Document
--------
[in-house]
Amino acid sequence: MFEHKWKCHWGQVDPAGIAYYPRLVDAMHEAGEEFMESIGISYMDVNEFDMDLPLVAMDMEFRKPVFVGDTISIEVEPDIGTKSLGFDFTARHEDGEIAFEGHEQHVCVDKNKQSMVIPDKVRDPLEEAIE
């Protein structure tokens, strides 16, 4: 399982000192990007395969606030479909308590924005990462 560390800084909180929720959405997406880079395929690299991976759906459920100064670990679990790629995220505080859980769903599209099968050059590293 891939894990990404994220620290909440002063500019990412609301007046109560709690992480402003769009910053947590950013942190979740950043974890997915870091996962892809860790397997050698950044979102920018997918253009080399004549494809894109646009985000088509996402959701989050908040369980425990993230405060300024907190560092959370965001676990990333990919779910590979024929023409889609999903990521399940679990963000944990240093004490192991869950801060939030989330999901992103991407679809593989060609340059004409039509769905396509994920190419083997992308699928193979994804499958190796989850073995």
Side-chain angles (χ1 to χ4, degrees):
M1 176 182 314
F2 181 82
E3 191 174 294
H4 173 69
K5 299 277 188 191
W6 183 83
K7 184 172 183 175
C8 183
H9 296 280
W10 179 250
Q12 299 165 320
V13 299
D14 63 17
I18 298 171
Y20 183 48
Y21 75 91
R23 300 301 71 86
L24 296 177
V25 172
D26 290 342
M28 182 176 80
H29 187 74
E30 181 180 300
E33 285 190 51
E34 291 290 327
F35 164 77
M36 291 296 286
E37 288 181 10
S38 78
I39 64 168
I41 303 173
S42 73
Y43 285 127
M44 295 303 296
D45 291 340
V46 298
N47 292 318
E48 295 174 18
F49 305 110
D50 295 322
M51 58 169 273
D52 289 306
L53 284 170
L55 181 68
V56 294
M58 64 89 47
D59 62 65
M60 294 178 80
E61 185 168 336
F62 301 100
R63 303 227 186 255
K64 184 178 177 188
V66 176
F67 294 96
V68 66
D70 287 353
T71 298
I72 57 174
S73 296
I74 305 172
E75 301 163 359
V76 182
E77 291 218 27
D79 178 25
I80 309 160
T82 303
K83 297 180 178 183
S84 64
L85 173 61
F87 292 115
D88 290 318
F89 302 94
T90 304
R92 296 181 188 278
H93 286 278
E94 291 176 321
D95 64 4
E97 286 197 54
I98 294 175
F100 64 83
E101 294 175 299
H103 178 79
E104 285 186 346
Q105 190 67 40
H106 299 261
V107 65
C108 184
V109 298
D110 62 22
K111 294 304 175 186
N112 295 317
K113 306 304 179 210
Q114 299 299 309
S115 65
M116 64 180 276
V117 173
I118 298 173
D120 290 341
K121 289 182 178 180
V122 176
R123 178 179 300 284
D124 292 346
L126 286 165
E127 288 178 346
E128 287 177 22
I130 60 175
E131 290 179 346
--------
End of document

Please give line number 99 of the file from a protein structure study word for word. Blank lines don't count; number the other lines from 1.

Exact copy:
M116 64 180 276